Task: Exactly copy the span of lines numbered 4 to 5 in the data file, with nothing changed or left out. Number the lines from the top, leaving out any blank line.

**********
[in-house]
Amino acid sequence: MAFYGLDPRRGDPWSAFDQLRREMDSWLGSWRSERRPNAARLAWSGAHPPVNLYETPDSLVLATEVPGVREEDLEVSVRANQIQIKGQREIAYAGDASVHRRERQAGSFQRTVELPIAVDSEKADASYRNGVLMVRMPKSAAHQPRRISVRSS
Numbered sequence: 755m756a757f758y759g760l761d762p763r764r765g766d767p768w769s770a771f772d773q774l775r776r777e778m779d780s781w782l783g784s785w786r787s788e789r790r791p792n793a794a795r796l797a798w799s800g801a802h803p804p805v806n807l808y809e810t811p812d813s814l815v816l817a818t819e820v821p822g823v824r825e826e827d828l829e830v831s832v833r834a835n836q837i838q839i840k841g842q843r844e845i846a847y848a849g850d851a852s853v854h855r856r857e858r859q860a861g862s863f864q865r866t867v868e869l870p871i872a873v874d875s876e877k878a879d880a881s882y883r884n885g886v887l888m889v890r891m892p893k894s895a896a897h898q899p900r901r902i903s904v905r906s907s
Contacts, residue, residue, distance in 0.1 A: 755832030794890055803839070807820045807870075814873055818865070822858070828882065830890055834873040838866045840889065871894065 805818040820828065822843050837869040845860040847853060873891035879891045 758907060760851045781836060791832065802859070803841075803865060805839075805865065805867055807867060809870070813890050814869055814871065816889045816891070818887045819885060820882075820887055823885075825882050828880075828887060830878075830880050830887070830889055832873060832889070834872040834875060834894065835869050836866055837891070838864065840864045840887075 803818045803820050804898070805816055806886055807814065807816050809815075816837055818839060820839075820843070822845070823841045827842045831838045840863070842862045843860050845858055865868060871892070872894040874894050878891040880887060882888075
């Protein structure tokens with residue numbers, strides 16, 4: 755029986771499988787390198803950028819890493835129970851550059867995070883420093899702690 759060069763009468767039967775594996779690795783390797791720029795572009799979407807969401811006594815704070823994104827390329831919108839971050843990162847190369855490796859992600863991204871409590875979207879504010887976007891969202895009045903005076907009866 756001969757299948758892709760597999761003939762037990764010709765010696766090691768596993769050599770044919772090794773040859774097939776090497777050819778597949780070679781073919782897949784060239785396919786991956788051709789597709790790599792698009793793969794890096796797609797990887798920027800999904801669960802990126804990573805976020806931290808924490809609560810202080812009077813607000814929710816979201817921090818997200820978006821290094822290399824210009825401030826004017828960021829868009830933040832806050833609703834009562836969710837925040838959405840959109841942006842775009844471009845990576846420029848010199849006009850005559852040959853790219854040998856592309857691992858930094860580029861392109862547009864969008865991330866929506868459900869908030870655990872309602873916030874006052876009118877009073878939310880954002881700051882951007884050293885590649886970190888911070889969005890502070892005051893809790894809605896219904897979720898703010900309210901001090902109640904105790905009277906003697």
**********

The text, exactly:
Contacts, residue, residue, distance in 0.1 A: 755832030794890055803839070807820045807870075814873055818865070822858070828882065830890055834873040838866045840889065871894065 805818040820828065822843050837869040845860040847853060873891035879891045 758907060760851045781836060791832065802859070803841075803865060805839075805865065805867055807867060809870070813890050814869055814871065816889045816891070818887045819885060820882075820887055823885075825882050828880075828887060830878075830880050830887070830889055832873060832889070834872040834875060834894065835869050836866055837891070838864065840864045840887075 803818045803820050804898070805816055806886055807814065807816050809815075816837055818839060820839075820843070822845070823841045827842045831838045840863070842862045843860050845858055865868060871892070872894040874894050878891040880887060882888075
């Protein structure tokens with residue numbers, strides 16, 4: 755029986771499988787390198803950028819890493835129970851550059867995070883420093899702690 759060069763009468767039967775594996779690795783390797791720029795572009799979407807969401811006594815704070823994104827390329831919108839971050843990162847190369855490796859992600863991204871409590875979207879504010887976007891969202895009045903005076907009866 756001969757299948758892709760597999761003939762037990764010709765010696766090691768596993769050599770044919772090794773040859774097939776090497777050819778597949780070679781073919782897949784060239785396919786991956788051709789597709790790599792698009793793969794890096796797609797990887798920027800999904801669960802990126804990573805976020806931290808924490809609560810202080812009077813607000814929710816979201817921090818997200820978006821290094822290399824210009825401030826004017828960021829868009830933040832806050833609703834009562836969710837925040838959405840959109841942006842775009844471009845990576846420029848010199849006009850005559852040959853790219854040998856592309857691992858930094860580029861392109862547009864969008865991330866929506868459900869908030870655990872309602873916030874006052876009118877009073878939310880954002881700051882951007884050293885590649886970190888911070889969005890502070892005051893809790894809605896219904897979720898703010900309210901001090902109640904105790905009277906003697």